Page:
Cisco Systems agreed to sell Linksys to privately held Belkin in January for an undisclosed price. The move continued a shift by Cisco away from consumer products and toward large architectures for enterprises and service providers.
Belkin will maintain both its own brand and the Linksys brand into the future, according to Mathieu Whelan, a Linksys marketing manager who now works for Belkin.
Belkin will try to retain Linksys employees from all divisions and in all regions, though some jobs will be eliminated, company officials said.
Belkin, which is based in Playa Vista, California, will also be acquiring the Linksys headquarters in Irvine, about 80km away. The companies declined to discuss the future roles of top Linksys executives at Belkin.
Cisco acquired Linksys in 2003 for about US$500 million. The acquisition put networking gear for every type of customer, from consumers and small businesses to large service providers, under one company, though Linksys products continued to carry their own name in addition to Cisco’s. Under a restructuring launched in 2011, Cisco retreated from its consumer businesses to focus on routing, video, data center virtualisation, architectures, and switching and services.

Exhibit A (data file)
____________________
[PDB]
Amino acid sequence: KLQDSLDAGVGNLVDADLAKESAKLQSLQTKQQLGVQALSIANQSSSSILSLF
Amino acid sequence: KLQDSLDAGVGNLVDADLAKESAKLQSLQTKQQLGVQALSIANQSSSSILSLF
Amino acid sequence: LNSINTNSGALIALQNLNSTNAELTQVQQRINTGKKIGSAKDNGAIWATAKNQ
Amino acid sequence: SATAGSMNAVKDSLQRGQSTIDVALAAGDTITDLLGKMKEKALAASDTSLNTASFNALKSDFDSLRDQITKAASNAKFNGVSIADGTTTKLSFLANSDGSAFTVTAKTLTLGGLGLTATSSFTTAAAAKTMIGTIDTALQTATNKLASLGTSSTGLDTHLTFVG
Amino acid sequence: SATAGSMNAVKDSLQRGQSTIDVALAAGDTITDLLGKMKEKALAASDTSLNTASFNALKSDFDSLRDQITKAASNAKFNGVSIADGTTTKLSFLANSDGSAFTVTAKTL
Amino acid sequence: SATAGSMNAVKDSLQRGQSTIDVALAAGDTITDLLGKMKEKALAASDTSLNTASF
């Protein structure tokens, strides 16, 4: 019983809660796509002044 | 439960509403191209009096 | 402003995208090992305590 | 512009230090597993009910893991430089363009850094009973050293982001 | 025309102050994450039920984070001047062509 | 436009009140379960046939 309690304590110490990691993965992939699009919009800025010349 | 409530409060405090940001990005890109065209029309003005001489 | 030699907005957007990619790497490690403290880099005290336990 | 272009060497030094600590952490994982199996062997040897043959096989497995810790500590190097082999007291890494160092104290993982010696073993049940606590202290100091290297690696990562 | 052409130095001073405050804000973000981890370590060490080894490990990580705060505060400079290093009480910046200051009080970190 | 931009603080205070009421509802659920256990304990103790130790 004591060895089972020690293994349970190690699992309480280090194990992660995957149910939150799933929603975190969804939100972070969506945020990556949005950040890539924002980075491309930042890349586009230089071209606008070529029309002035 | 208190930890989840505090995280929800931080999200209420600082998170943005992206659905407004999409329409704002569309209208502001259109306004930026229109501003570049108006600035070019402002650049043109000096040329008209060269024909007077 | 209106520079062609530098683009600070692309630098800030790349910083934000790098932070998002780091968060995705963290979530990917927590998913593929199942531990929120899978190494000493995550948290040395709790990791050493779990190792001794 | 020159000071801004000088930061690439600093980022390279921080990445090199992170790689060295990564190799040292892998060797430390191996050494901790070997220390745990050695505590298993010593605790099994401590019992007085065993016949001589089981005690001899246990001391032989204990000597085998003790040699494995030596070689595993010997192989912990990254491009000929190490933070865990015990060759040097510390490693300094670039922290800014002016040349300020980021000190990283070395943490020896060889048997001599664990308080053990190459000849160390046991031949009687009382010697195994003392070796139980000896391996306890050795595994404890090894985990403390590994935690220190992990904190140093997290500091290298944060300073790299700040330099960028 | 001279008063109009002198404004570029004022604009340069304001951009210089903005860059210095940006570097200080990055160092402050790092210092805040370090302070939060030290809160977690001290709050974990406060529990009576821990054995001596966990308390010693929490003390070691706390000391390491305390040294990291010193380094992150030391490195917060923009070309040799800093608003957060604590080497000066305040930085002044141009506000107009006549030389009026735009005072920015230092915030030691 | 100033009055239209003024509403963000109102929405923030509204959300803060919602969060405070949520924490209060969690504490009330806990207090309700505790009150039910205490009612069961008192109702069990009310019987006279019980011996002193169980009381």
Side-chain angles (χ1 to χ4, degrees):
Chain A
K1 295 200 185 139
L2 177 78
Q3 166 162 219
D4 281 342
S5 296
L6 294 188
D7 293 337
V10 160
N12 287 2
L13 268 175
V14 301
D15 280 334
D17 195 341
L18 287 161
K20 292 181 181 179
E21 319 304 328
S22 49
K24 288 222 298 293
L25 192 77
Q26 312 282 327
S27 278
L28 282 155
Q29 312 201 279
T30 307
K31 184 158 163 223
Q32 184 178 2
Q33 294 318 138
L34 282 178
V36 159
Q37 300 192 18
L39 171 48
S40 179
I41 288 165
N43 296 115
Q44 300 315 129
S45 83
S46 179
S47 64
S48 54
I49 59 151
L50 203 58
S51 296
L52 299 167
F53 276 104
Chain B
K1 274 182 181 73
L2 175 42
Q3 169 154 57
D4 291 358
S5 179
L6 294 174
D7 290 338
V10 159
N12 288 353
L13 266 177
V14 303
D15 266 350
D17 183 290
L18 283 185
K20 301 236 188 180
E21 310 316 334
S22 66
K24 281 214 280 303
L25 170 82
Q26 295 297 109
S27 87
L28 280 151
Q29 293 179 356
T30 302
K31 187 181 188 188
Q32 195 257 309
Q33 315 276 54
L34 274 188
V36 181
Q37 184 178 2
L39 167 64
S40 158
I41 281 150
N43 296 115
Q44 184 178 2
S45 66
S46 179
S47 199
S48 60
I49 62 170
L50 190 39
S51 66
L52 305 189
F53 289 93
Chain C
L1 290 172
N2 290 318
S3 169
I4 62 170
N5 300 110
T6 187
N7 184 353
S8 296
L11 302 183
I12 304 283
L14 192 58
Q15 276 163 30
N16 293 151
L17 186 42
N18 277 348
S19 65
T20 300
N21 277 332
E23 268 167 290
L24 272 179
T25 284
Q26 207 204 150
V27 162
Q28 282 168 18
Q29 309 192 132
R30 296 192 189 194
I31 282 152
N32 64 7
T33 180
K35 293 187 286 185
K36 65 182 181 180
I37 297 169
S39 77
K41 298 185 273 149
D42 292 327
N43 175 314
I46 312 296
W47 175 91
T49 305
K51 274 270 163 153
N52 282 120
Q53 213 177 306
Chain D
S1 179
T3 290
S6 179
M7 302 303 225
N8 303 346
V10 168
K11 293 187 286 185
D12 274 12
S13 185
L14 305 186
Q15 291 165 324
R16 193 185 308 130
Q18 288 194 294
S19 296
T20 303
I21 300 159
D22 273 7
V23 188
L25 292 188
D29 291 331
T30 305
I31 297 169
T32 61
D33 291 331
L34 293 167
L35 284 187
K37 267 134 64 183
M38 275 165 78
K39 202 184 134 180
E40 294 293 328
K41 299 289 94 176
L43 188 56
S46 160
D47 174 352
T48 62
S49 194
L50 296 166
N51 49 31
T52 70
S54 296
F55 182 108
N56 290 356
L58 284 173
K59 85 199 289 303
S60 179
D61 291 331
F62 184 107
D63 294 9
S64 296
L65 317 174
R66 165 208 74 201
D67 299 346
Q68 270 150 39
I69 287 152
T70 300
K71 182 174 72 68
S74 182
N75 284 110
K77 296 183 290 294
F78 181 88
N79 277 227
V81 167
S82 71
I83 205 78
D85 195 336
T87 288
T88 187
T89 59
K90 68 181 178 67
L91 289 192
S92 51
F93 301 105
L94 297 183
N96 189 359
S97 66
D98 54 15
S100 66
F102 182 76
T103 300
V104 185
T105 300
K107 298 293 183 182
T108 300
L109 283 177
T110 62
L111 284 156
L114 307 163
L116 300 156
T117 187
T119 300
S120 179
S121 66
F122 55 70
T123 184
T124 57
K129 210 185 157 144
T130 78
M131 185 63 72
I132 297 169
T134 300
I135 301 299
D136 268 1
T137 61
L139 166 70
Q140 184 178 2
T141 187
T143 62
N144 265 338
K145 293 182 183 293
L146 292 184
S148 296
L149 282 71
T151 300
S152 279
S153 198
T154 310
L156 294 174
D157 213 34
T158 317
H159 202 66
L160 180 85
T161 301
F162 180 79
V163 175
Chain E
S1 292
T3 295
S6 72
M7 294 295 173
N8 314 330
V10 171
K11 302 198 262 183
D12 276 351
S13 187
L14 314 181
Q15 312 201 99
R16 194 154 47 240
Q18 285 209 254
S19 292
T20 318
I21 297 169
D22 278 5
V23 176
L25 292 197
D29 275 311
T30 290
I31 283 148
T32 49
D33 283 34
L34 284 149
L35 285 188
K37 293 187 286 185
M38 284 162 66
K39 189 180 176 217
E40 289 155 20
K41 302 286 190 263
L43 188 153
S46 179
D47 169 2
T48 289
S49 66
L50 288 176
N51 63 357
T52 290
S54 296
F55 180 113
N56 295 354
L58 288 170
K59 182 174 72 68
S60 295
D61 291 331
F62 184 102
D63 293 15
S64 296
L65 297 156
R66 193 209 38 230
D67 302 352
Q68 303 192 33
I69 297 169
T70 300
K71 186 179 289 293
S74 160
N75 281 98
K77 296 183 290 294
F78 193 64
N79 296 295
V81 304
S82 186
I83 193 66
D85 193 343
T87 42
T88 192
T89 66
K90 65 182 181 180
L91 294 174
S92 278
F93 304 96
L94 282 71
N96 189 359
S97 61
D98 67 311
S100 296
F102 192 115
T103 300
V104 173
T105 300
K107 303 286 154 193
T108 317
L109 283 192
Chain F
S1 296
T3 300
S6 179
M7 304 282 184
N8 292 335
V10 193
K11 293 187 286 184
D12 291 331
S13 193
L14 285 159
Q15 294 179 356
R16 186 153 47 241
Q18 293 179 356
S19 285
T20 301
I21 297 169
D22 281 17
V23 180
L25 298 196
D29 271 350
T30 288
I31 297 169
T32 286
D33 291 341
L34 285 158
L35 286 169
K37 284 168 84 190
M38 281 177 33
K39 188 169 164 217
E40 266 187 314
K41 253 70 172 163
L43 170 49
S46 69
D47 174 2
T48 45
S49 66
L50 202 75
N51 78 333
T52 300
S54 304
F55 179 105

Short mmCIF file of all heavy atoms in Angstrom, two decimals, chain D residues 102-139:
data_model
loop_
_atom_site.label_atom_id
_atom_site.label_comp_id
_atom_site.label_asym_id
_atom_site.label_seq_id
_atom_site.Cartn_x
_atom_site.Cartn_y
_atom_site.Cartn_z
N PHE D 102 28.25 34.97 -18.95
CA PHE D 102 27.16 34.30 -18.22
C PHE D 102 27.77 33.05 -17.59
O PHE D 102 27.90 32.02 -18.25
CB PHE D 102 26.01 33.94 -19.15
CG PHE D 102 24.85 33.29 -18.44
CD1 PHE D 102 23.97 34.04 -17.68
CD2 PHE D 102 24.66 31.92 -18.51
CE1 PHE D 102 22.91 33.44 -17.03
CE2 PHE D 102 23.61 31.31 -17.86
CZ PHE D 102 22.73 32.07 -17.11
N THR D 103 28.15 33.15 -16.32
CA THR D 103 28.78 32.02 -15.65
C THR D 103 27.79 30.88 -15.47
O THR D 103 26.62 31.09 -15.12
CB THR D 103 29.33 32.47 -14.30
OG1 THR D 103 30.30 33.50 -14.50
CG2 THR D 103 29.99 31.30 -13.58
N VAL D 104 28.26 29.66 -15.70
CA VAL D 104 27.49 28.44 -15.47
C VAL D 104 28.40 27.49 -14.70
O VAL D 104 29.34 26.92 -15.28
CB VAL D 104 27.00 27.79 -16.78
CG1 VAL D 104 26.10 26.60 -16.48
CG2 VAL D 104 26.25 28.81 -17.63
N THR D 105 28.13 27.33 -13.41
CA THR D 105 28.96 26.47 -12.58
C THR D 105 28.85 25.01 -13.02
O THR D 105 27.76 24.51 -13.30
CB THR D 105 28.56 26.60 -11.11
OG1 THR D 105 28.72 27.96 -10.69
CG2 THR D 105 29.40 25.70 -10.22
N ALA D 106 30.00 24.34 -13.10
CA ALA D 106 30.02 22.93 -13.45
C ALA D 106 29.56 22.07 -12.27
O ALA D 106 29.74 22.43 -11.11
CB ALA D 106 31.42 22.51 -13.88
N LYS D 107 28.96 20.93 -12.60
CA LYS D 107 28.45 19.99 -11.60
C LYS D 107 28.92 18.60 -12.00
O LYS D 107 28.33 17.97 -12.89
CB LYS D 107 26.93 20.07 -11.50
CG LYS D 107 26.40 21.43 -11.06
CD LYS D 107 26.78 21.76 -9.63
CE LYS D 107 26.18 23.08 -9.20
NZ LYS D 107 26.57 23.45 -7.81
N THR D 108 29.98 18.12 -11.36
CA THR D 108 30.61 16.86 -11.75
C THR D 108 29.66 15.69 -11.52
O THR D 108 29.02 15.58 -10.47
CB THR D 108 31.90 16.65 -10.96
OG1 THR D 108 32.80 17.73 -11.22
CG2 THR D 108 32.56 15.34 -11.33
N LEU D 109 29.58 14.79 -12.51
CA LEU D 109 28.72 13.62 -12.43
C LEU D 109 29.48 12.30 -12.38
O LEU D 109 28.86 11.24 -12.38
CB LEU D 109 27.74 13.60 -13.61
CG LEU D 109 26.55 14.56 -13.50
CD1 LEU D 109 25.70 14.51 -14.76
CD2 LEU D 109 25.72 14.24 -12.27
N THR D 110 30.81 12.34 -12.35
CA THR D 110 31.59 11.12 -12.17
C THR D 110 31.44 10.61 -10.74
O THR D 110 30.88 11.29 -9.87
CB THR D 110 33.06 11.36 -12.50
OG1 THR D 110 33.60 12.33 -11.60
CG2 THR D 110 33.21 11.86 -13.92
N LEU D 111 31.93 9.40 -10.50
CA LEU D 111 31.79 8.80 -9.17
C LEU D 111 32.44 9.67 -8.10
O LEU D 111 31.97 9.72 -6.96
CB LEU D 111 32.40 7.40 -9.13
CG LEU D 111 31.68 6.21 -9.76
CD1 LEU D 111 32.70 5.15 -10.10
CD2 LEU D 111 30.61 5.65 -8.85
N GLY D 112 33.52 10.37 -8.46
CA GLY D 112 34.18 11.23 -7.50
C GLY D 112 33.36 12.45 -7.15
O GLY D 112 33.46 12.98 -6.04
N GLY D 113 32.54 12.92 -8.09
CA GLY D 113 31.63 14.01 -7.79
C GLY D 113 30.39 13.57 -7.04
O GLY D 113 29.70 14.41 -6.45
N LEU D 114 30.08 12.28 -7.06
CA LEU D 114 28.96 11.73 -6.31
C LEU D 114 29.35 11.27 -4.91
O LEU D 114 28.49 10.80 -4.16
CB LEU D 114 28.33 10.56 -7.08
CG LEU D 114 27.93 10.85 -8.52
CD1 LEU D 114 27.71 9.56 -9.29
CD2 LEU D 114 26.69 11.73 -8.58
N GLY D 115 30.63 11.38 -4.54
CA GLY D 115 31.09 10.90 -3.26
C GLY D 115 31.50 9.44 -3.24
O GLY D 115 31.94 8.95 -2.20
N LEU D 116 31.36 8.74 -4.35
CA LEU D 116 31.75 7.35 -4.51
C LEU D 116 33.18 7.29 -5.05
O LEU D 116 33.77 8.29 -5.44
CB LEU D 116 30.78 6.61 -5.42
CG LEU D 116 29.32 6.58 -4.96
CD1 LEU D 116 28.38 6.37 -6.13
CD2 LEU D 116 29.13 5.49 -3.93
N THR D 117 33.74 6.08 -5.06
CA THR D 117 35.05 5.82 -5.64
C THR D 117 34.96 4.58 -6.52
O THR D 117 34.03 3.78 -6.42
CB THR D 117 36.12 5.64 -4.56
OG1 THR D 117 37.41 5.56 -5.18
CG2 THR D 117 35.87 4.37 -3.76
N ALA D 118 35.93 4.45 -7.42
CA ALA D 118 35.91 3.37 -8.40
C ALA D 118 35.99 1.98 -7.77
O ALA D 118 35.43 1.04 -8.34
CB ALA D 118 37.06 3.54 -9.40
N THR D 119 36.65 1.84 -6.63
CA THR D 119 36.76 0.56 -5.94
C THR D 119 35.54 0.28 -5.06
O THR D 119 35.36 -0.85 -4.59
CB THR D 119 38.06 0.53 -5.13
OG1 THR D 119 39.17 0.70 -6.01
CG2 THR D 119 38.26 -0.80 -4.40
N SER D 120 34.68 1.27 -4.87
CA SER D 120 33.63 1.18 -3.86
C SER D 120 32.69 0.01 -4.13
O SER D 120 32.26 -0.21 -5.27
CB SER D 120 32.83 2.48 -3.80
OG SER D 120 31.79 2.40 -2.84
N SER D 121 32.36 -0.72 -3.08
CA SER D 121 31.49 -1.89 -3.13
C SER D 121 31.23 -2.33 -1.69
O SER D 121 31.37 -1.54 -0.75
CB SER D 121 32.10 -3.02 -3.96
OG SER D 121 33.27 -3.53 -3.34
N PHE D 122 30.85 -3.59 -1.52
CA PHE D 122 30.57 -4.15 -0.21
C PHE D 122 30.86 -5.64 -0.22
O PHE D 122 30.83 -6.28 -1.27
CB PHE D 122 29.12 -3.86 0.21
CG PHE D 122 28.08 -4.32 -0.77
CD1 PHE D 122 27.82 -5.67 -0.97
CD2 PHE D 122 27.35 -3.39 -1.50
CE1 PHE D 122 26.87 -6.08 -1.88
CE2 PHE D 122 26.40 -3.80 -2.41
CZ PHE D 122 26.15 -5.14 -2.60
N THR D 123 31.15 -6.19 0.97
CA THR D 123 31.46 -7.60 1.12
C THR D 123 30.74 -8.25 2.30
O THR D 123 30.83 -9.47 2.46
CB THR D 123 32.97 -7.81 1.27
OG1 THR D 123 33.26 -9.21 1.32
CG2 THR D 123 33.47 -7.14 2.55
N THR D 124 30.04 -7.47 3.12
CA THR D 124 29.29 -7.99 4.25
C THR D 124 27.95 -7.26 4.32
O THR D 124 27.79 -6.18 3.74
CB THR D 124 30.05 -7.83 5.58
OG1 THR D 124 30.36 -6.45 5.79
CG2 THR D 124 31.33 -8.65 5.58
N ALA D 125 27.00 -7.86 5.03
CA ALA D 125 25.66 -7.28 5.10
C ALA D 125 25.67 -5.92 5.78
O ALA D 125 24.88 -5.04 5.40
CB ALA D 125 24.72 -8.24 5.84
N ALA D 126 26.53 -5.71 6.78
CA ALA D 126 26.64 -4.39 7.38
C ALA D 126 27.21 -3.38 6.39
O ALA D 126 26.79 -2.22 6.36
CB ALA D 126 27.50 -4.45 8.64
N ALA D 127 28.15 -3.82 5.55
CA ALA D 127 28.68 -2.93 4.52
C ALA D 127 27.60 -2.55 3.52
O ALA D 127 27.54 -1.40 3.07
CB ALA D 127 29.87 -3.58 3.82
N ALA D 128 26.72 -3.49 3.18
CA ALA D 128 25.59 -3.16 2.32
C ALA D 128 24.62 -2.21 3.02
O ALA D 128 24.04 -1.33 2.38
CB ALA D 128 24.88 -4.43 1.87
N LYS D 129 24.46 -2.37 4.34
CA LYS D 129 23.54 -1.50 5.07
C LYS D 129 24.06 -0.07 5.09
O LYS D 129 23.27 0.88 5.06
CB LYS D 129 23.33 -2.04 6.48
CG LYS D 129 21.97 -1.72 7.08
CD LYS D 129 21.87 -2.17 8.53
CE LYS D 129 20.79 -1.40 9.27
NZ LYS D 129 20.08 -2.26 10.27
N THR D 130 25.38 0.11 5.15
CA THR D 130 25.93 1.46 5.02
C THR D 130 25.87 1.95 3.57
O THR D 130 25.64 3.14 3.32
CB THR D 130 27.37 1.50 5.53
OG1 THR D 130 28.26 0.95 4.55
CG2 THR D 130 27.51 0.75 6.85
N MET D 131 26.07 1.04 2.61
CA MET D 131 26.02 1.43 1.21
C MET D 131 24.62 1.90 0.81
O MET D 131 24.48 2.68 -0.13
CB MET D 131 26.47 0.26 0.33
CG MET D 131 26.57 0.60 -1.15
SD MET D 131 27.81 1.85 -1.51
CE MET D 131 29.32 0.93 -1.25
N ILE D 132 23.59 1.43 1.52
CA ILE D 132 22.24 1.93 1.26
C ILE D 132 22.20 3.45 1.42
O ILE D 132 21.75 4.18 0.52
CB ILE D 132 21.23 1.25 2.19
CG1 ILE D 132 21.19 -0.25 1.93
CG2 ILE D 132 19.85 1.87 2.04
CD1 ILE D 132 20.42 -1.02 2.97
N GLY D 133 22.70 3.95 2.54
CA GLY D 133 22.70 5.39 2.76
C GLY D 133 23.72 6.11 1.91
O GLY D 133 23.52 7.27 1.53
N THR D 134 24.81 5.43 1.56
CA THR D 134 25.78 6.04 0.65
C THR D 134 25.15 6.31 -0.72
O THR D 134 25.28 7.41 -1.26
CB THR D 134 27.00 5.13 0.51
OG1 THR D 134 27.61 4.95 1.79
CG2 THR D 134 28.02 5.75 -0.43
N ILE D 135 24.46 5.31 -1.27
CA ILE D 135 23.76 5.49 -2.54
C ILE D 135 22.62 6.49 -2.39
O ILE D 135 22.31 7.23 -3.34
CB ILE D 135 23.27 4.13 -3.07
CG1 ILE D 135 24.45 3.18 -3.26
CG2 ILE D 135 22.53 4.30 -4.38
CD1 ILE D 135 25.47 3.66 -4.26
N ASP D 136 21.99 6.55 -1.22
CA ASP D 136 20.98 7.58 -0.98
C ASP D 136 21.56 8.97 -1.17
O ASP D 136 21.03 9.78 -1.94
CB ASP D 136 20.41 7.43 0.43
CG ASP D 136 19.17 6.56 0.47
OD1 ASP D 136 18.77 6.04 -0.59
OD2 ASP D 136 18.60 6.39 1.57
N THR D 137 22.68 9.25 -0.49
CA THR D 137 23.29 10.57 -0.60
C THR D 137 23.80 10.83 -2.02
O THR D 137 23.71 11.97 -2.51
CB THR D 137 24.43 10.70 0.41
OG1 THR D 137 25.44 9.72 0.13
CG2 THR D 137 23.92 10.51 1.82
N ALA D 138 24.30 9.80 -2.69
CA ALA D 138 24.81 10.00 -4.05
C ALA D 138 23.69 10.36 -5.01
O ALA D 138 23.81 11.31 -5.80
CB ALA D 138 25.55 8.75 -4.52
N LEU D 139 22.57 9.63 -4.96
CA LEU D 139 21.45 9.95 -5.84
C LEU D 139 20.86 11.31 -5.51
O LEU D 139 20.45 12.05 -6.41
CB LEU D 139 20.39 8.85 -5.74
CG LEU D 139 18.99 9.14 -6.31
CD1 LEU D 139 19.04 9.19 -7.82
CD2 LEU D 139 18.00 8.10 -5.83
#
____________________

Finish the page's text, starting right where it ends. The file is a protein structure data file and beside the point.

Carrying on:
Though Belkin will look for opportunities for ‘cross-pollination’ between Linksys technology and its own broad range of consumer and connected-home products, the product lines of both companies will continue going forward, Whelan said. Service and support for Linksys products will remain available through the Linksys support page and existing channels, he said.
Stephen Lawson covers mobile, storage and networking technologies for The IDG News Service. Follow Stephen on Twitter at @sdlawsonmedia. Stephen’s e-mail address is firstname.lastname@example.org